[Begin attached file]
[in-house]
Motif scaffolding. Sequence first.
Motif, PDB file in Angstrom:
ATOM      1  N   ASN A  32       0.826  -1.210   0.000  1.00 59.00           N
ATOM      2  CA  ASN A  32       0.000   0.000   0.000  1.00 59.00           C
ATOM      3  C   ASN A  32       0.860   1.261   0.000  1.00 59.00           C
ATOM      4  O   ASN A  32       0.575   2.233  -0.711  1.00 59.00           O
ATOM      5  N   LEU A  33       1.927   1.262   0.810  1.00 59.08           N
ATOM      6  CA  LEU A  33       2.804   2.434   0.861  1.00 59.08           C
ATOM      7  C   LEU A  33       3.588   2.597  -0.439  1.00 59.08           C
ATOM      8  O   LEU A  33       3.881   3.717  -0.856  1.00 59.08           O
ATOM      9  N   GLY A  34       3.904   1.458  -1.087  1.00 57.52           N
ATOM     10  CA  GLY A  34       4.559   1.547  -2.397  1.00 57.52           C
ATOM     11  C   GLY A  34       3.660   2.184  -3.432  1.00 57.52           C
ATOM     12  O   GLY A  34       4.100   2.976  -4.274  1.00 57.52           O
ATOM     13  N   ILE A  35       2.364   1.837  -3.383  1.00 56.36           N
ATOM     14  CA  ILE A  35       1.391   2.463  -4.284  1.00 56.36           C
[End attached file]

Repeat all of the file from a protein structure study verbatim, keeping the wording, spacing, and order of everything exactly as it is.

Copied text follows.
[in-house]
Motif scaffolding. Sequence first.
Motif, PDB file in Angstrom:
ATOM      1  N   ASN A  32       0.826  -1.210   0.000  1.00 59.00           N
ATOM      2  CA  ASN A  32       0.000   0.000   0.000  1.00 59.00           C
ATOM      3  C   ASN A  32       0.860   1.261   0.000  1.00 59.00           C
ATOM      4  O   ASN A  32       0.575   2.233  -0.711  1.00 59.00           O
ATOM      5  N   LEU A  33       1.927   1.262   0.810  1.00 59.08           N
ATOM      6  CA  LEU A  33       2.804   2.434   0.861  1.00 59.08           C
ATOM      7  C   LEU A  33       3.588   2.597  -0.439  1.00 59.08           C
ATOM      8  O   LEU A  33       3.881   3.717  -0.856  1.00 59.08           O
ATOM      9  N   GLY A  34       3.904   1.458  -1.087  1.00 57.52           N
ATOM     10  CA  GLY A  34       4.559   1.547  -2.397  1.00 57.52           C
ATOM     11  C   GLY A  34       3.660   2.184  -3.432  1.00 57.52           C
ATOM     12  O   GLY A  34       4.100   2.976  -4.274  1.00 57.52           O
ATOM     13  N   ILE A  35       2.364   1.837  -3.383  1.00 56.36           N
ATOM     14  CA  ILE A  35       1.391   2.463  -4.284  1.00 56.36           C